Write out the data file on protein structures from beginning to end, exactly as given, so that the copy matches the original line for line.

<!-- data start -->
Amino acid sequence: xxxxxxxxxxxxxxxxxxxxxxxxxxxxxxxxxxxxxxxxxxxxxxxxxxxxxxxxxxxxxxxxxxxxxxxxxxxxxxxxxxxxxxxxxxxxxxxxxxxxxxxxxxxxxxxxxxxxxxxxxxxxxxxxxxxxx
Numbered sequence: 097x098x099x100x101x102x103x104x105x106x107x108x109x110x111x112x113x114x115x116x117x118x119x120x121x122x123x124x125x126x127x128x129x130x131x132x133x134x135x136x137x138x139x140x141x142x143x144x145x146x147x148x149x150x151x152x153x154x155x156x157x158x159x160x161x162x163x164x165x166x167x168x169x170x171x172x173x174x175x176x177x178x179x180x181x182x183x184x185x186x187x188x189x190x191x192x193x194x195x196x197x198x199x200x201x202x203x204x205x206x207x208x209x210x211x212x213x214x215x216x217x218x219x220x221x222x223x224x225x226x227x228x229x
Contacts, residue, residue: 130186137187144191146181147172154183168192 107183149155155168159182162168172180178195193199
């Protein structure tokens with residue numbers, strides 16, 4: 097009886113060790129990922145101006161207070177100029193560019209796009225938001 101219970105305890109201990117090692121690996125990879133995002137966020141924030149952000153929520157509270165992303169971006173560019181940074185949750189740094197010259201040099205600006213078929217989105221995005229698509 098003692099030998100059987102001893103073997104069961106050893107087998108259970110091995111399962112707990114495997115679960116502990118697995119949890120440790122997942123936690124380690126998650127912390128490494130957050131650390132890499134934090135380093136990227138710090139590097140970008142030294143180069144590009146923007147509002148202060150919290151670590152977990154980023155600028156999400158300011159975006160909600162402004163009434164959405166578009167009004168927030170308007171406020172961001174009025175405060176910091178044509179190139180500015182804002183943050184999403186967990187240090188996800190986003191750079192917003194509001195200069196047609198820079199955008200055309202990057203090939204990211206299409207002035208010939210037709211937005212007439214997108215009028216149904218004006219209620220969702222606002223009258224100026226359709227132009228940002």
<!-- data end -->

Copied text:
Amino acid sequence: xxxxxxxxxxxxxxxxxxxxxxxxxxxxxxxxxxxxxxxxxxxxxxxxxxxxxxxxxxxxxxxxxxxxxxxxxxxxxxxxxxxxxxxxxxxxxxxxxxxxxxxxxxxxxxxxxxxxxxxxxxxxxxxxxxxxx
Numbered sequence: 097x098x099x100x101x102x103x104x105x106x107x108x109x110x111x112x113x114x115x116x117x118x119x120x121x122x123x124x125x126x127x128x129x130x131x132x133x134x135x136x137x138x139x140x141x142x143x144x145x146x147x148x149x150x151x152x153x154x155x156x157x158x159x160x161x162x163x164x165x166x167x168x169x170x171x172x173x174x175x176x177x178x179x180x181x182x183x184x185x186x187x188x189x190x191x192x193x194x195x196x197x198x199x200x201x202x203x204x205x206x207x208x209x210x211x212x213x214x215x216x217x218x219x220x221x222x223x224x225x226x227x228x229x
Contacts, residue, residue: 130186137187144191146181147172154183168192 107183149155155168159182162168172180178195193199
């Protein structure tokens with residue numbers, strides 16, 4: 097009886113060790129990922145101006161207070177100029193560019209796009225938001 101219970105305890109201990117090692121690996125990879133995002137966020141924030149952000153929520157509270165992303169971006173560019181940074185949750189740094197010259201040099205600006213078929217989105221995005229698509 098003692099030998100059987102001893103073997104069961106050893107087998108259970110091995111399962112707990114495997115679960116502990118697995119949890120440790122997942123936690124380690126998650127912390128490494130957050131650390132890499134934090135380093136990227138710090139590097140970008142030294143180069144590009146923007147509002148202060150919290151670590152977990154980023155600028156999400158300011159975006160909600162402004163009434164959405166578009167009004168927030170308007171406020172961001174009025175405060176910091178044509179190139180500015182804002183943050184999403186967990187240090188996800190986003191750079192917003194509001195200069196047609198820079199955008200055309202990057203090939204990211206299409207002035208010939210037709211937005212007439214997108215009028216149904218004006219209620220969702222606002223009258224100026226359709227132009228940002």